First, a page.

Why Should We Care About Prison Inmates?

In the US, around 2 million people are incarcerated as of 2023, and around 50% of the prison population is serving a decade or more as of 2019.

In the US, around 2 million people are incarcerated as of 2023, and around 50% of the prison population is serving a decade or more as of 2019.

The United States of America is known for being the leading country for many things. It has one of the largest economies, one of the largest film industries, and … one of the largest prison populations in the world. Around 2 million people are incarcerated as of 2023 [1], and around 50% of the prison population is serving a decade or more as of 2019 [2]

The main question many social workers and criminal justice officials are asking is how effective prisons really are. Supposed to be a rehabilitation technique, a tool to guide many to the ‘straight and narrow’, many prisons offer little holistic growth to their populations. This is seen especially in recidivism rates (68% of people were re-arrested from 2005-2014 [3]). 

Overpopulated and understaffed, most prisons fundamentally serve as basic housing units and lack the resources to make a lasting change for incarcerated individuals. While many of these individuals can be helped, and might even want to be, they simply aren’t being helped in the way they should be, without the proper opportunities and resources. 

To people incarcerated, finding a community and a role model is vital to proper rehabilitation. Such was the case with famous leader Malcolm X. After being convicted of burglary, Malcolm X found a role model in Elijah Mohammad to find a purpose in life, and to help him grow his character. 

However, it isn’t always this easy for people to find a good role model or a supportive community. One problem inmates often face is overcoming various stigmas and getting people to empathize with them and realize that they are just humans, who just like the rest of us, aren’t perfect, and have made their fair share of mistakes. While it is important to note that some inmates are incarcerated for valid reasons and have hurt or wronged others in some way, this doesn’t mean they should be written off completely.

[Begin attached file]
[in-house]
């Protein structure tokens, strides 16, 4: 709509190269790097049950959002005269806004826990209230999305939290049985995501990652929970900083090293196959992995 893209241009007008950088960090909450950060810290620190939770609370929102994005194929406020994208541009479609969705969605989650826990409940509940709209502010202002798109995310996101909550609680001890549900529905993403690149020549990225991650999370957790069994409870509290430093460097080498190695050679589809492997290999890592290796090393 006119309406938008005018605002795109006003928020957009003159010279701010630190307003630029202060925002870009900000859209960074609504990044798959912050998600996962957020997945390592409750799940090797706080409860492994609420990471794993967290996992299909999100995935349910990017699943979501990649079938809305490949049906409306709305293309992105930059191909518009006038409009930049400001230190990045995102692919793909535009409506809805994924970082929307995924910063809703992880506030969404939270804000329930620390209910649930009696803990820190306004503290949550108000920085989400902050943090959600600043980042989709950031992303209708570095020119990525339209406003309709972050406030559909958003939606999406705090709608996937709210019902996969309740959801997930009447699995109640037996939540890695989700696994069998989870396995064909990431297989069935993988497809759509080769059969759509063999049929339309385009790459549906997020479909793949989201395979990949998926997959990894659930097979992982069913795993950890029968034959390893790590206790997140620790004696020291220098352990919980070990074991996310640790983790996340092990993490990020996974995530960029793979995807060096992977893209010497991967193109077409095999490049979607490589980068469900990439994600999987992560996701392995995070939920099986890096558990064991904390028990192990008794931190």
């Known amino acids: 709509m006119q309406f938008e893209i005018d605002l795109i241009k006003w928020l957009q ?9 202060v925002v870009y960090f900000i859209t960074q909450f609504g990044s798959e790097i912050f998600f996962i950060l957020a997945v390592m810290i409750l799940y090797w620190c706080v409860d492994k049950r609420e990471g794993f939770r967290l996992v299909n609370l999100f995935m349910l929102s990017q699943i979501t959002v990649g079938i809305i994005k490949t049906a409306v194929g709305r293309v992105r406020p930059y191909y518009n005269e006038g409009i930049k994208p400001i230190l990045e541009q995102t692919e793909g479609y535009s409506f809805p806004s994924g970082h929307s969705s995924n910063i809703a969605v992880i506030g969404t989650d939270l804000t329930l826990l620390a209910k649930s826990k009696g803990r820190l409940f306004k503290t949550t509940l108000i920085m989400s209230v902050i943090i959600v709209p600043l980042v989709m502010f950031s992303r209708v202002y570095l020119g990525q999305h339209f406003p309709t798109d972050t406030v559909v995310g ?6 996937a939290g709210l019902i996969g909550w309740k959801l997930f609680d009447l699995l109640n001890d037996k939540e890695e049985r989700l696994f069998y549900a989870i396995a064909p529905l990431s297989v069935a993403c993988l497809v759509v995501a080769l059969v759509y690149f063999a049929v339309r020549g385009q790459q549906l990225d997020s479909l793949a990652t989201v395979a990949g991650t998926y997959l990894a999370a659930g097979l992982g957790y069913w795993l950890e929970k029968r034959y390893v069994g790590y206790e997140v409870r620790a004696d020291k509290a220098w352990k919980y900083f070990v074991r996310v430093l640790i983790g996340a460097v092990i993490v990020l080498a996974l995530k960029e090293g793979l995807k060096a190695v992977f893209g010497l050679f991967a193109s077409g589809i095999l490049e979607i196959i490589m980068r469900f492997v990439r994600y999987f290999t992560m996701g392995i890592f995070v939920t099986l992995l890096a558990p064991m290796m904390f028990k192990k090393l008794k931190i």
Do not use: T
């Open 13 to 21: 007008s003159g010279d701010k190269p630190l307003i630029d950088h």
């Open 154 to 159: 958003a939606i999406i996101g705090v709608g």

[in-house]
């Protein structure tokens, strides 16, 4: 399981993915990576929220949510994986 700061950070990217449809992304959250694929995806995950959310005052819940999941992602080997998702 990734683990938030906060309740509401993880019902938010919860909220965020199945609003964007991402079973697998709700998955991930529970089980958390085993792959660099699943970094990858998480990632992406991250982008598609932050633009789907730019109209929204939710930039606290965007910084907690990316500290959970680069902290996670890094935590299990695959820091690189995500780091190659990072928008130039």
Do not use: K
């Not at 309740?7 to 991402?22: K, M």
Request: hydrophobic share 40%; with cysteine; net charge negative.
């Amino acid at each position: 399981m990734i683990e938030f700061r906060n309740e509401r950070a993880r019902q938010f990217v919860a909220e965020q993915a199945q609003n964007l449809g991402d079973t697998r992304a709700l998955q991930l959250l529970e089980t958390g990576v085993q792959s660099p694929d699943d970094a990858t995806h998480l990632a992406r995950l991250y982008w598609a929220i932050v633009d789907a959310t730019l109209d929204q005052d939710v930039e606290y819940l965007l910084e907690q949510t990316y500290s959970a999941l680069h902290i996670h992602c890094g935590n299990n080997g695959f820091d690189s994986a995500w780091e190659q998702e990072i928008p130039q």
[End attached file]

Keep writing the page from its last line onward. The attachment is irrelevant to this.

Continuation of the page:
Islam does not support the notion of “once a criminal, always a criminal”, rather we are taught the importance of second chances, and forgiveness. A person’s true character is not for us to judge, it is for God to see. Additionally, some inmates may be wrongly incarcerated or imprisoned for excessive amounts of time due to harsh sentencing laws. Even if someone is locked away, the key to their lock shouldn’t be discarded, it should be saved with the hope that one day they will gain freedom, physically and otherwise. 

When talking about incarceration, it would be amiss to not discuss the imprisonment of holy figures. Prophet Yusuf, notable companions and family members of the Prophet Muhammed, and even some of the Ahlulbayt were imprisoned. These people survived imprisonment not just through taqwa, but also with support from their community and other Muslims who went out of their way to help and support them. 

One way to counteract this stigma around prisoners is to emphasize forgiveness. Forgive yourself, forgive others, and seek forgiveness from God. Helping inmates through this journey is important to cultivate a community that is supportive and true to the teachings of the Prophet (ṣ). 

One of the most important things in a community is our ability and our drive to help people meet their needs, specifically, in this case, the incarcerated. It is our responsibility to give people second chances, just as God has given us a limitless supply of them over our lifetime. The non-profit 2ndChance Books strives to do just this.

By providing a variety of services to those in prison, 2nd Chance aims to provide an opportunity for holistic rehabilitation. 2nd Chance’s mission is centered around reformation and providing tools to give incarcerated individuals the ability to stop going through that revolving door, where inmates can better themselves and reach a higher purpose. Their approach focuses on using empathy and forgiveness to connect with inmates. They do this in multiple ways, such as sending out quarterly publications of the Sirat Link Magazine, fostering direct communication between religious scholars and inmates, and providing Qurʾāns, prayer mats and much more. The spiritual guidance they give is structured to be well-rounded to address all aspects of daily life and emphasize that Islam is a way of life anyone can follow. 

“They feed the needy, the orphan, and the prisoner, out of love for Him.” (Quran 76:1)


Butler, Paul, et al. “How Atrocious Prisons Conditions Make Us All Less Safe.” Brennan Center for Justice, 23 Aug. 2021, https://www.brennancenter.org/our-work/analysis-opinion/how-atrocious-prisons-conditions-make-us-all-less-safe

Nazgol Ghandnoosh, Ph.D. and Ashley Nellis. “How Many People Are Spending over a Decade in Prison?” The Sentencing Project, 10 Oct. 2022, https://www.sentencingproject.org/policy-brief/how-many-people-are-spending-over-a-decade-in-prison/

Wagner, Wendy Sawyer and Peter. “Mass Incarceration: The Whole Pie 2023.” Prison Policy Initiative, https://www.prisonpolicy.org/reports/pie2023.html#:~:text=Together%2C%20these%20systems%20hold%20almost,centers%2C%20state%20psychiatric%20hospitals%2C%20and

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